Meteor City Records, 2001
REVIEW BY: Christopher Thelen
ORIGINALLY PUBLISHED: 02/08/2002
Solarized is a group who seem to refuse categorization. On the surface, they may seem to be the latest in the now-overflowing genre of stoner rock bands. After all, this is a band whose family tree has at least one branch connected to Monster Magnet.
Yet Solarized is anything but what you'd expect. Think what would happen if Rob Zombie fronted The Damned - or even if Glenn Danzig fronted Monster Magnet. That kind of - but not quite accurately - describes what Driven, the latest release from this New Jersey-based quartet sounds like. It's raw and it's enjoyable - but it does get a little predictable around the midway point.
Guitarist/vocalist James Hogan has absolutely perfected the rock and roll "sneer vocal," injecting just the right amount of attitude into his delivery. Listen to a track like "Dig The Ride," the first full-length track (following a 16-second "Intro") that wakes the listener up from any possible indifference they may have had. The two-guitar attack of Hogan and Dave Toptlenski, backed by the power rhythm section of bassist Mike Fiore and drummer Regina Satana, lets you know that Solarized are by no means what you might have expected them to be.
Many of the tracks on Driven have an air of heaviness to them, all without removing themselves from their boogie-rock roots. Tracks like "Chrome Shop," "Conspiracy" and "Meanspirit" all are ample proof of this. And the full-throttle cover of The Damned's "Stab Your Back" should be more than enough to drive people into the used record stores to (re)discover one of the founding fathers of British punk rock.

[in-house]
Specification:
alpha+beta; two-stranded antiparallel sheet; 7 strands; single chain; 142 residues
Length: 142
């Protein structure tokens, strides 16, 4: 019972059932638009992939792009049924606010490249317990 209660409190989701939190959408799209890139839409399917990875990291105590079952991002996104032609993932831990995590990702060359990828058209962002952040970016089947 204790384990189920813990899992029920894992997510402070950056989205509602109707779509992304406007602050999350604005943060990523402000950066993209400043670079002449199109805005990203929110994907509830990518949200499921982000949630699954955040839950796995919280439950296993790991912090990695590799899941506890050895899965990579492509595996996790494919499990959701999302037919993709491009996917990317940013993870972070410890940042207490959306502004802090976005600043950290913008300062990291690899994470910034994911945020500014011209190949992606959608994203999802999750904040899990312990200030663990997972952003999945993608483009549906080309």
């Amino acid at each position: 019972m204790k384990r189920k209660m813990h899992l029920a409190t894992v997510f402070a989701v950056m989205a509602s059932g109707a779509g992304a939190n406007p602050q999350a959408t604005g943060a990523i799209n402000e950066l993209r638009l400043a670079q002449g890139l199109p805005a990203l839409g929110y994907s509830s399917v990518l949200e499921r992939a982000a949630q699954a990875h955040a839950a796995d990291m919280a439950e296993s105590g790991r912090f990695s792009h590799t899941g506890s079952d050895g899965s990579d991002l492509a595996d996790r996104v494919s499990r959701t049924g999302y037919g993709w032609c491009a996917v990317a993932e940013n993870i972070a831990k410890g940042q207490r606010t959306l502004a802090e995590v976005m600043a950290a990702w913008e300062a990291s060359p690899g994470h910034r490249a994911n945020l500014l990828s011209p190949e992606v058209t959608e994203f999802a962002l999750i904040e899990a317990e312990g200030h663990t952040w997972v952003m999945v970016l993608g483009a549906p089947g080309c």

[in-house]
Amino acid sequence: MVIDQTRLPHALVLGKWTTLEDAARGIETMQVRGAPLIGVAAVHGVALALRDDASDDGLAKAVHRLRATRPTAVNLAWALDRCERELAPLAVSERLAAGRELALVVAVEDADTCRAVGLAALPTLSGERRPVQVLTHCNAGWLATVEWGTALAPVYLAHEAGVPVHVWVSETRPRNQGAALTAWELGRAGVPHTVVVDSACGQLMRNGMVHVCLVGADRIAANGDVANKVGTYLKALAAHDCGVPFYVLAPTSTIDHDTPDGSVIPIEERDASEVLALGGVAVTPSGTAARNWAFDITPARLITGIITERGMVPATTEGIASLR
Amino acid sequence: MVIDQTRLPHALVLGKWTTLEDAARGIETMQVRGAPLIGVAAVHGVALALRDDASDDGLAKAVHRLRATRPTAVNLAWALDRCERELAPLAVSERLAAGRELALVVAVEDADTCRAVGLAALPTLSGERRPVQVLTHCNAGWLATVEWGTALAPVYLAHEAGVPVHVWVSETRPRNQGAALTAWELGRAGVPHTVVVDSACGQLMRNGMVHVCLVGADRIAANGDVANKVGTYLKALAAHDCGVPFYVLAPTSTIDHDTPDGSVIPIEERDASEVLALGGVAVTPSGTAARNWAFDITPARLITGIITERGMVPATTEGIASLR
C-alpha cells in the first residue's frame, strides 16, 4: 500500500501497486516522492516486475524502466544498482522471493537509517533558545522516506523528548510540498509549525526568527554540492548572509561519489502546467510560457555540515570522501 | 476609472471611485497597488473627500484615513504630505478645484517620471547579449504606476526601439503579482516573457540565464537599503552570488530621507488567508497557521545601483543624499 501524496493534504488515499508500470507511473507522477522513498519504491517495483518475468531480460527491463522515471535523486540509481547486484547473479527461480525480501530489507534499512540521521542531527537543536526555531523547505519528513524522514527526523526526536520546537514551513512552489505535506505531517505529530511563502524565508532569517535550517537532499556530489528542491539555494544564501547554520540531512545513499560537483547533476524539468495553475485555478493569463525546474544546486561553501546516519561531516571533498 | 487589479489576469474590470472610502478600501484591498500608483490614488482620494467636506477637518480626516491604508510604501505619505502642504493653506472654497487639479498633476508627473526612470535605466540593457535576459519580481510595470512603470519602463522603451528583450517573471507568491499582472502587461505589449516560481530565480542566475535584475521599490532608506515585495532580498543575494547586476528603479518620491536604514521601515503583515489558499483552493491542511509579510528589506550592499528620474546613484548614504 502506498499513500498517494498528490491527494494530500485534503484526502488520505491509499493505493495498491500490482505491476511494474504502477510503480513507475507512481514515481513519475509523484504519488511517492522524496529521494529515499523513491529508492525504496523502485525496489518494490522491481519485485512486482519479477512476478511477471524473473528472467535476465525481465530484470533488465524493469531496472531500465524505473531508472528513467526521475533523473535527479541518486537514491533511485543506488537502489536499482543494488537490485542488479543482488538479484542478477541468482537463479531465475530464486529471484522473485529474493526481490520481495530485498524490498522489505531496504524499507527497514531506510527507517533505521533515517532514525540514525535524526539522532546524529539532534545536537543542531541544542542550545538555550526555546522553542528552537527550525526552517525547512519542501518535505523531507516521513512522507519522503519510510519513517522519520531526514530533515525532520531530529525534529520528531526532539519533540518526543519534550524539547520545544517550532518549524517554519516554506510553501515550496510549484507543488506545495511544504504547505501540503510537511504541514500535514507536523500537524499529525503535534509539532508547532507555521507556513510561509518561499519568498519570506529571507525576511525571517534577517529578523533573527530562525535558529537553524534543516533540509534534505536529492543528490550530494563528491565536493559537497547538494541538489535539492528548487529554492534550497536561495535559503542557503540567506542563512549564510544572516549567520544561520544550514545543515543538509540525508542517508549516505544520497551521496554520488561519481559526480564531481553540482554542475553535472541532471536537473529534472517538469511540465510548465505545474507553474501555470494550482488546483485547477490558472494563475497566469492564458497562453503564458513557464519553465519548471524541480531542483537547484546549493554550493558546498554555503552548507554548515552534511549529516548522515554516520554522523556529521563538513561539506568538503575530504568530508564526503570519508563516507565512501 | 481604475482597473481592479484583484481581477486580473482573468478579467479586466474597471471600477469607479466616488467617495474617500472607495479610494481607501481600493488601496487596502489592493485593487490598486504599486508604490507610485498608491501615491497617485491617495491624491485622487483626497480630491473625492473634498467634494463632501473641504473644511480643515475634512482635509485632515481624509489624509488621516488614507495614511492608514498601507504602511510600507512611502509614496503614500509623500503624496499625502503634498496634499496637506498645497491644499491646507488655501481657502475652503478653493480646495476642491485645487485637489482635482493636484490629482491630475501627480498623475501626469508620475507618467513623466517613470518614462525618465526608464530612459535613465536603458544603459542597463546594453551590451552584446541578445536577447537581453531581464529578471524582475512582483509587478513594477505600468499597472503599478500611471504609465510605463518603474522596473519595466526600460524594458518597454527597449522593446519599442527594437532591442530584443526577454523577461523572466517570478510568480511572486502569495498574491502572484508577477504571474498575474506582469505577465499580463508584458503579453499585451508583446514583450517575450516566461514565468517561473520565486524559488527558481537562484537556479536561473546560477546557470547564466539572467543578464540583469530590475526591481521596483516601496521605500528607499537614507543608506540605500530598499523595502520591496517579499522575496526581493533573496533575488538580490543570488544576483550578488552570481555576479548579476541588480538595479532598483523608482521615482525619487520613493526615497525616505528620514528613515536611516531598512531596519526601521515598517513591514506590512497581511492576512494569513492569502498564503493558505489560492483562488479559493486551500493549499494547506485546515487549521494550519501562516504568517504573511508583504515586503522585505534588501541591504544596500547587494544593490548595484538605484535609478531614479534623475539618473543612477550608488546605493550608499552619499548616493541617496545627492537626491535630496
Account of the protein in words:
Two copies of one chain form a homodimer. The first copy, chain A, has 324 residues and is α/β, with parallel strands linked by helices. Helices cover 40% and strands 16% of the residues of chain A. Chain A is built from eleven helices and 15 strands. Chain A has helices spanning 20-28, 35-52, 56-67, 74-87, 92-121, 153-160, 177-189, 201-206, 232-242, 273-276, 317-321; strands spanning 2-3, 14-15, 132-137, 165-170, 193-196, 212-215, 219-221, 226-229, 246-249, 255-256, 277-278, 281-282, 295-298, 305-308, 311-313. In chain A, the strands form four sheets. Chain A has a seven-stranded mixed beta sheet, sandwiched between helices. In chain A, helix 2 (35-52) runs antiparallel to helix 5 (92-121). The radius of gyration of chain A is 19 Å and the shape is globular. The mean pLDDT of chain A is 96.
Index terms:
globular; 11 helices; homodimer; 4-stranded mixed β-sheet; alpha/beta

Yet Driven follows a simple formula - and at times it feels like that formula grows a little threadbare. "Box Full Of Dirt" and "Angel" both are tracks which came at a time when the full power of Solarized should have been in effect, yet these tracks, while not bad by any sense of the word, just don't have the same energy and snap that others on this disc do. By the mid-point of the disc, I found it far too easy to drift off into my own world of thoughts - not a good thing when we're talking about a CD that clocks in at just under 40 minutes.
Still, one can't help but hold out bucketfuls of hope for Solarized. After all, the momentum swings back in their favor by the time the last track, "World Without End," kicks in, and Driven overall is a nice way to spend part of an afternoon. If they tighten up their songwriting and delivery just a little more, Solarized could well be on the verge of becoming a serious force to deal with in the commercial market - and that's something I'm looking forward to.